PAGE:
Reunion is the third book in the Mediator series by Meg Cabot/Jenny Carroll, centering around a young woman named Susannah ‘Suze’ Simon, who is a Mediator: someone who guides unquiet spirits to their eternal rest (whether they like it or not!) Having recently moved from New York to California to live with her mum’s new husband, Suze has had to learn to cope with a new Catholic school and putting up with three new stepbrothers as well as the supernatural antics of the ghosts she has to control.
The only people who know her secrets are the kindly Principal Father Dominic and her best friend Gina from New York, who is present throughout this book, and of course Jesse, the incredibly gorgeous ghost that inhabits her room, that Suze has a mighty big crush on. For the moment however, she’s happy to hang out with Gina on the beach and enjoy her company whilst it lasts. But that all changes when she spots the four spirits of teenagers that were killed in a car accident on the night of their school prom, who seem eager to dish out revenge on who they belief was responsible for their deaths: Michal Meducci. This somewhat geeky (but as it turns out, very cute) young man seems to be very accident prone, whether it’s giant puppets falling on him at the mall or jellyfish strangling him in the ocean. But Suze knows the truth: the ghosts are out to avenge their deaths, and its up to her to stop them.
The core of all of these books is the character of Suze, whom you can’t help but like. With her in-your-face attitude concerning the often-violent spirits she comes across, and in the snappy first-person text that Cabot/Carroll uses to narrate her own stories, she keeps the story bounding along nicely. And in this case, her voice is needed in order to smooth out an otherwise shaky storyline. There are plot holes galore if you look hard enough (if the car was rammed over the cliff surely the police would have noticed a damaged back-fender) and some rather odd statements that seem to have no place within the context of this kind of story, such as Suze commenting on the traditional covering of Catholic images with black cloth before Easter: “Religion. That is some wacky stuff I tell you,” and on a school assignment concerning the arms race: “We should care. Because as the charts Kelly’s group was holding up revealed, there were some countries who had way more bombs and stuff than we did.” Maybe I’m over-reacting, but a teenage thriller-ghost story doesn’t really seem the appropriate place to flaunt one’s religious and political ideas, especially when both of them are somewhat offensive.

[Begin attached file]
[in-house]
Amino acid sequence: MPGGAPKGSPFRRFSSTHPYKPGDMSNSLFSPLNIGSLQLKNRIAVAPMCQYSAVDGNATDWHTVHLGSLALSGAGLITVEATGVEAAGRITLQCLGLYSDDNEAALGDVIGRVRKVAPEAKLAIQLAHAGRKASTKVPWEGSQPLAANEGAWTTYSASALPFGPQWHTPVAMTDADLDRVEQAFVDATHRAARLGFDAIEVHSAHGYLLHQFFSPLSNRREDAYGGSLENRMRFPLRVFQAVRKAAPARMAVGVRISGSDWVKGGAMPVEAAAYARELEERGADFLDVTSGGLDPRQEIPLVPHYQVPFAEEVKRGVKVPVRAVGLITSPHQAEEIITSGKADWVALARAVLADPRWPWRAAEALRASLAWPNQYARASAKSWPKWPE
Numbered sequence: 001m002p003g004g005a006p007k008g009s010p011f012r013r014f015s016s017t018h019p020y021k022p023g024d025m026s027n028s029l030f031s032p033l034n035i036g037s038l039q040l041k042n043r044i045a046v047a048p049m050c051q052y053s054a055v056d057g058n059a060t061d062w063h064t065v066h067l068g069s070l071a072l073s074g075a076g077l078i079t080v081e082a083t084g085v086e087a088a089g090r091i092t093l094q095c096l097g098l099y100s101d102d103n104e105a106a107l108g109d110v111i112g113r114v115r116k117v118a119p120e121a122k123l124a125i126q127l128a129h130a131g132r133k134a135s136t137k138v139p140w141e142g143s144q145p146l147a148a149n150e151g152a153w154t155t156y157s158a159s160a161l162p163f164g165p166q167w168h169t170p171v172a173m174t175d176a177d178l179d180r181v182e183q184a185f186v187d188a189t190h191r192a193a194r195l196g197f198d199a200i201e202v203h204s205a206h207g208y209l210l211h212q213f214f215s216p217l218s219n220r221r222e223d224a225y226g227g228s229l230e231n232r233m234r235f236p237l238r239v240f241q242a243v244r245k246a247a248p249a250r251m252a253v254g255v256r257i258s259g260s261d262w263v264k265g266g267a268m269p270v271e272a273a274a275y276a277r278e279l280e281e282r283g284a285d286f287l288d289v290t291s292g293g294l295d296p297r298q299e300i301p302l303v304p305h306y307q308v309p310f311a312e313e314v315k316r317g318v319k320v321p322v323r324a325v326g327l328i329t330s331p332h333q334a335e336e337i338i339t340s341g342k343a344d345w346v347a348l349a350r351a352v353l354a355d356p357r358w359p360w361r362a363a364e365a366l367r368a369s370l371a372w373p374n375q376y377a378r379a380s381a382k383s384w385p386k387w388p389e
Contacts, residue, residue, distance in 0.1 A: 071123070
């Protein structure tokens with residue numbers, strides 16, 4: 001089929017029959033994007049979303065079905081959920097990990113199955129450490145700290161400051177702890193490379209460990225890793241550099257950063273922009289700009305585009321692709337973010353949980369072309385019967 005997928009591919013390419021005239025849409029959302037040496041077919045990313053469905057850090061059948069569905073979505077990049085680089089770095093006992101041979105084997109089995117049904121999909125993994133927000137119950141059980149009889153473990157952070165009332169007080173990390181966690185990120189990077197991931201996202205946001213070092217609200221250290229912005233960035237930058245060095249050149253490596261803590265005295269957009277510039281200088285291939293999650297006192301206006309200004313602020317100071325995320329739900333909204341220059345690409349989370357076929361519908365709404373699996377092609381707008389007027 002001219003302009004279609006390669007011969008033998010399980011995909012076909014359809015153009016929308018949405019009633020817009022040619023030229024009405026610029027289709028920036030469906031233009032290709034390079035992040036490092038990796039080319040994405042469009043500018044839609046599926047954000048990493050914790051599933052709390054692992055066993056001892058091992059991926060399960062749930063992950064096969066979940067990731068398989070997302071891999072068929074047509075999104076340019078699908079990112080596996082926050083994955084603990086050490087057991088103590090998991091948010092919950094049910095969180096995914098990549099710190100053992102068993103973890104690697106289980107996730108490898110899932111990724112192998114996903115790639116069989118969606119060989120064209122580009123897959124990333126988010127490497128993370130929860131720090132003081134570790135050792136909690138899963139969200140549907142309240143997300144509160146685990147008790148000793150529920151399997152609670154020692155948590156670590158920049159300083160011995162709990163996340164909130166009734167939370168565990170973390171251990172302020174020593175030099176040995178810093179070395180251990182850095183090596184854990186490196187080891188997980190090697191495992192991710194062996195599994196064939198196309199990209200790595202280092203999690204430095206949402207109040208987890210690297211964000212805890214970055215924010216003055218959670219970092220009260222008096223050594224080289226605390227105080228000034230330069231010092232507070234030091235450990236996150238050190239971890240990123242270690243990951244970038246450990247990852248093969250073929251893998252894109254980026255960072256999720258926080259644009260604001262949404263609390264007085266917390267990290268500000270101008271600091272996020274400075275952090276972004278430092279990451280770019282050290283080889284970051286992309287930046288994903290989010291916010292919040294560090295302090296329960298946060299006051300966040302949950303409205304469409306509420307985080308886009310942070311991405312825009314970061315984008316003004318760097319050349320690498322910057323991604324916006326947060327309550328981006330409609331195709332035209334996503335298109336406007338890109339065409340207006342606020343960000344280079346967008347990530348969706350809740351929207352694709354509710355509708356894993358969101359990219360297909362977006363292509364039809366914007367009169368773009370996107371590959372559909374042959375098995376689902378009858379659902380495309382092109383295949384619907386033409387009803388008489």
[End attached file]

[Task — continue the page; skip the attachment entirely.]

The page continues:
Likewise, the story is hopelessly predictable — as in the previous books a murder takes place that Suze must investigate, which leads her into the clutches of the murderer, who is obvious from the word go due to his/her good looks and insane personality. Ah well, it kept me entertained for three hours, and Suze is definitely quite a character. Her role as Mediator (sort of a blend between Ghostbuster and Vampire Slayer) needs some more meat to it — such as how many are there? Is there an organization of them? Who/what chooses them? — and then this series could really take off.
And could someone please explain why it’s called Reunion? No one got reunited so far as I could see!
~Rebecca Fisher (2007)
The plot of Reunion (named, I think, for the reunion of Suze and Gina) is, as Rebecca said, a bit shaky. It’s hard to believe that Suze and Father Dom find clues that the police investigators overlooked. And Suze did some really dumb things in this book. Like Rebecca, I guessed the murderer early on, but figured I was wrong because it was too easy. Unfortunately I wasn’t wrong.
Still, the strength of the series remains: Some great characters (especially Suze herself) and a nice pace. I’ll keep reading. The audiobooks are wonderful.
~Kat Hooper (2018)